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Thread: scale accuracy

  1. #21
    Boolit Master

    Join Date
    Mar 2013
    Location
    Northwest Ohio
    Posts
    7,118
    For several years I used an analytical balance for reloading with check weights on one side and the charge on the other these scales / balances were as accurate as the check weights used to set them and a royal pain with breezes and vibrations affecting them. When the furnace kicked in the blower would cause problems with it. The finer and more receptive the scales is the more its prone to this and the time it takes to slow and stop is much longer.

  2. #22
    Boolit Master
    Join Date
    Nov 2011
    Posts
    450
    I use a Redding #2 beam scale and always set up with check weights prior to throwing charges.

    I transfer each charge from the measure into the scale before decanting into the case.

    Call me anal if you like, but I know that every powder charge is right on the money every time.

    ukrifleman.

  3. #23
    Boolit Master jmorris's Avatar
    Join Date
    Aug 2007
    Posts
    3,785
    I don't like how my charge masters "auto zero" themselves, I prefer things not change and I not know it.

    If you watch the video to the end you can also see they are not as sensitive as a beam scale either.




    That said inside 200 yards you couldn't tell the difference between charges thrown by a measure vs one thrown to the kernel. In other words it doesn't make any difference for most folks.

  4. #24
    Boolit Master
    Join Date
    Jun 2011
    Location
    Pleasant Hope MO
    Posts
    640
    Interesting video, just another reason I use a RCBS 505 scale and check weights for all my reloads. I use electronic scales for every thing but powder charges.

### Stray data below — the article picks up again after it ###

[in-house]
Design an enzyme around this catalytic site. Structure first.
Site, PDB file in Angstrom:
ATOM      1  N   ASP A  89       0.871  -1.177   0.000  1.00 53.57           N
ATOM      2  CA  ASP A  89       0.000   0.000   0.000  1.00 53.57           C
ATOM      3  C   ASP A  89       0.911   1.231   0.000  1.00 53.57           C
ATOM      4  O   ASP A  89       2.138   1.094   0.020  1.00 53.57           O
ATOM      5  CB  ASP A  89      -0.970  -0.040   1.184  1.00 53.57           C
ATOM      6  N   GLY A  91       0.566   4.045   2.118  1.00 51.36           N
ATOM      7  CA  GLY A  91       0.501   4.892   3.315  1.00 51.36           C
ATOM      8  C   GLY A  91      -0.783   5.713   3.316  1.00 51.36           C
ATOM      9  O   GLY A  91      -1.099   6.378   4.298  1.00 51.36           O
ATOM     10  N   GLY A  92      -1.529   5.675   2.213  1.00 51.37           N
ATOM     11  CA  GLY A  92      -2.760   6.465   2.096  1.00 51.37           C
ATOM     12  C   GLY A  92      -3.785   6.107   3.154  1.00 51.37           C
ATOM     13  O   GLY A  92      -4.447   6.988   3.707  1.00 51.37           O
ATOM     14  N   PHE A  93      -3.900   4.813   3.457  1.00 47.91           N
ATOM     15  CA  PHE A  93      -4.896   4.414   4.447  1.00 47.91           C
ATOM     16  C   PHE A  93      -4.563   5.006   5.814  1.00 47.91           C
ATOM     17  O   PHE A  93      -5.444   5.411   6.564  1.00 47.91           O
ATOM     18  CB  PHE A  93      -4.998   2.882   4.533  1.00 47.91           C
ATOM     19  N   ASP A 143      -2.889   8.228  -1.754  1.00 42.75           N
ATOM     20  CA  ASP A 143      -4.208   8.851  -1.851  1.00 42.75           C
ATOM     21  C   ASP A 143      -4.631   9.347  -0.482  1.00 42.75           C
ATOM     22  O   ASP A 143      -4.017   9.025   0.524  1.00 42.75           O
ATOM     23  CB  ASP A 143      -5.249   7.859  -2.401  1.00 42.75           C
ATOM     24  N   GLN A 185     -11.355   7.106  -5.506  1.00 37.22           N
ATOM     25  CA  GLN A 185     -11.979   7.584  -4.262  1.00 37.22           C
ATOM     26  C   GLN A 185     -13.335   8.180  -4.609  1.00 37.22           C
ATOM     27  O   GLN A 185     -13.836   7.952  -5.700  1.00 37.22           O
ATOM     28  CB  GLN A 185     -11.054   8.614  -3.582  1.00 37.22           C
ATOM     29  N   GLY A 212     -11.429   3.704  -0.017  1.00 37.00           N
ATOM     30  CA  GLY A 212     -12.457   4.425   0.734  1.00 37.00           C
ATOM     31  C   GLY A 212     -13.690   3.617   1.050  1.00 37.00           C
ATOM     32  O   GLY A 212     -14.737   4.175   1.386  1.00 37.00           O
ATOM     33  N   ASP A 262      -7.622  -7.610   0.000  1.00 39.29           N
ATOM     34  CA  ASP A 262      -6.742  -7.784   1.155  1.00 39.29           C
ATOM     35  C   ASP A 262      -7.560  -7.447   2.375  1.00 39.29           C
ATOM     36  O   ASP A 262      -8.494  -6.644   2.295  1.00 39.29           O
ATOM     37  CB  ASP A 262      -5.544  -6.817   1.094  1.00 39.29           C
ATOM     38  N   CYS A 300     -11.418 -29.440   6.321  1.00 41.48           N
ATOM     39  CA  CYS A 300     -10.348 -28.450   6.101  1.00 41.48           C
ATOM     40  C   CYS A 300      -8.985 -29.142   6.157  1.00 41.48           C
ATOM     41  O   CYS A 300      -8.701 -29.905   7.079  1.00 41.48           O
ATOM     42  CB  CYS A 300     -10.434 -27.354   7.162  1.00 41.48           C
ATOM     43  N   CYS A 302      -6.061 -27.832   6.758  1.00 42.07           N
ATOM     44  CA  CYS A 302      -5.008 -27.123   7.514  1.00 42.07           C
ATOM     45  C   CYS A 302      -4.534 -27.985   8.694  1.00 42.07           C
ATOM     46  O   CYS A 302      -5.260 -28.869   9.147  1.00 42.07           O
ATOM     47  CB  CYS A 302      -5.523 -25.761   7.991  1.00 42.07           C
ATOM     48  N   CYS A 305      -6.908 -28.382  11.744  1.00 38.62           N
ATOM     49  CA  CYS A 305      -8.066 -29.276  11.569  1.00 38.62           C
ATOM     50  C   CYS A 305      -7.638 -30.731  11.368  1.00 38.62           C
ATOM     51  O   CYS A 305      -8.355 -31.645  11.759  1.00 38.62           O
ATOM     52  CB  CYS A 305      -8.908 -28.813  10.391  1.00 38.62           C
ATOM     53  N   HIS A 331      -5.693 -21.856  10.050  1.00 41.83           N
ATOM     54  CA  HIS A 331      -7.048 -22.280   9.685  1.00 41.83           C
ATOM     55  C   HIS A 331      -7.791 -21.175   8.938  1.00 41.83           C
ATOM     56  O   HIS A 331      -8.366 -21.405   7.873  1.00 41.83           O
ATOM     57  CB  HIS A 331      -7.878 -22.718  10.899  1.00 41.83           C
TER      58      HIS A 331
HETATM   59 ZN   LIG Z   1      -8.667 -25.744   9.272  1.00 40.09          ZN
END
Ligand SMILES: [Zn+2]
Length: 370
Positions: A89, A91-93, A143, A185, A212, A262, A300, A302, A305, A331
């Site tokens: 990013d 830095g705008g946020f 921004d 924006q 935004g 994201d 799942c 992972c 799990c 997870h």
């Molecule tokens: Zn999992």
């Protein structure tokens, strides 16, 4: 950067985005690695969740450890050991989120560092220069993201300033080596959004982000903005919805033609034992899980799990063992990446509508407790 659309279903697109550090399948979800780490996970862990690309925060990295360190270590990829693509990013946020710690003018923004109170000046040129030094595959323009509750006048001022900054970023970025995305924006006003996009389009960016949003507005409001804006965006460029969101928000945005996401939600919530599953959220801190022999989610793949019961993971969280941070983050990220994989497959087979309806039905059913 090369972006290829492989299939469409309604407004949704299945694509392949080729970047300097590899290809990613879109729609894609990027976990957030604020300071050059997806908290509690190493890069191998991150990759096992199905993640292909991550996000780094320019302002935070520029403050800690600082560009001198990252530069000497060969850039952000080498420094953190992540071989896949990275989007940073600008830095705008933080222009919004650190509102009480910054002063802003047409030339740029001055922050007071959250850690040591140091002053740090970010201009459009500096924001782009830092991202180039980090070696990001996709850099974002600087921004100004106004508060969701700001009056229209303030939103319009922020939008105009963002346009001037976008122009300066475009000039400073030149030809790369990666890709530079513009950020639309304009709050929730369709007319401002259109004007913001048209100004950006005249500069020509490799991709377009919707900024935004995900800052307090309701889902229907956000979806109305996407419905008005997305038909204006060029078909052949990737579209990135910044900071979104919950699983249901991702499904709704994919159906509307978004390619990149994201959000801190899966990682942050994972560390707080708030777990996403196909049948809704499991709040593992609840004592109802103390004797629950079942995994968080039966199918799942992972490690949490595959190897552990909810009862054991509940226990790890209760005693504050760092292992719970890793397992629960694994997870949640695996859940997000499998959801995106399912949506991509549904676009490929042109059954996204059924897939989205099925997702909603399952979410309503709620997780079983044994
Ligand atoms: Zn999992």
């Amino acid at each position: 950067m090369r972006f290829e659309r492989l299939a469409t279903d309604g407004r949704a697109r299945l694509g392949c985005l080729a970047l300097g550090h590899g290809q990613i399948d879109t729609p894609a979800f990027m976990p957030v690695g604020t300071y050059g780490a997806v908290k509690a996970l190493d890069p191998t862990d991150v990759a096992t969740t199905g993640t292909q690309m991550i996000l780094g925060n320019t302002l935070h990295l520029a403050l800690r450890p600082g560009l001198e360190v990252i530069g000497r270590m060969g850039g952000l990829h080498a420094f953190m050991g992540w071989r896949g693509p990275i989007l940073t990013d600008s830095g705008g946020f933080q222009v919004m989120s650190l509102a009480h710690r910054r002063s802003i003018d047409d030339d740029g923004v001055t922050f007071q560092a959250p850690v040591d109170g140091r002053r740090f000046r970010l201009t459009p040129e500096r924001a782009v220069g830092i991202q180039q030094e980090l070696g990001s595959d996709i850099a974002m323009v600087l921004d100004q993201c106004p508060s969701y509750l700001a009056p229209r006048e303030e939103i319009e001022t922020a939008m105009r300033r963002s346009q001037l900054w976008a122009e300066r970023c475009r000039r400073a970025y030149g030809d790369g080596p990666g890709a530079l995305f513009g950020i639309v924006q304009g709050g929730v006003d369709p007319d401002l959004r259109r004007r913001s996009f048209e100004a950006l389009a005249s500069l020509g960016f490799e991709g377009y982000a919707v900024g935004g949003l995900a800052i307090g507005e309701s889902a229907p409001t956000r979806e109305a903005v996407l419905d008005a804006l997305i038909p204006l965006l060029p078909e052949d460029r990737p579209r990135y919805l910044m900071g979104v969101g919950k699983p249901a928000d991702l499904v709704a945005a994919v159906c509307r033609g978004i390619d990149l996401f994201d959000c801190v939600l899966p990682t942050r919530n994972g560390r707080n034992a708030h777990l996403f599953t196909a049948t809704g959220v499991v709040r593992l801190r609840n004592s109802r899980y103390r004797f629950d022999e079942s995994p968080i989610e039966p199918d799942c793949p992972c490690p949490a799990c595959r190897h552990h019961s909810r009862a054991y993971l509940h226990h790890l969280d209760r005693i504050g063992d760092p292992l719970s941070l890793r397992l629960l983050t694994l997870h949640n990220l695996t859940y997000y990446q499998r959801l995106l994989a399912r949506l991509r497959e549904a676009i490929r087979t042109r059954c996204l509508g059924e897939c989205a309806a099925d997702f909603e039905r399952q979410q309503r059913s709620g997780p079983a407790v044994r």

5. #25
    Moderator




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    Nov 2010
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    Florida, where we call big dogs Deer
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    I have a ChargeMaster, can't say I've had the problems like "jmorris" but when I'm throwin loads for 223 or 308, the ChargeMaster will throw accurate weights/charges maybe 6 out of 10 times. One thing I've found is close the swinging door that covers the scale pan, ANY breeze will throw your charges off. Cumbersom and time consuming, but that's the way I do it.
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  6. #26
    Boolit Master
    Join Date
    Jun 2012
    Location
    The Willamette Valley, in Oregon
    Posts
    263
    Quote Originally Posted by EDG View Post
    There is a big disconnect between the users of digital scales for reloading and the manufacturers of digital scales.
    The construction of many of the cheaper digital scales result in a stick slip stick slip condition as a load is trickled into the pan.
    The result is the slow additions of powder with a trickler do not register accurately in small increments. This is dangerous.
    The only way to detect this problem is to test your scale with a trickler and a good beam scale or other known good scale such as a lab balance.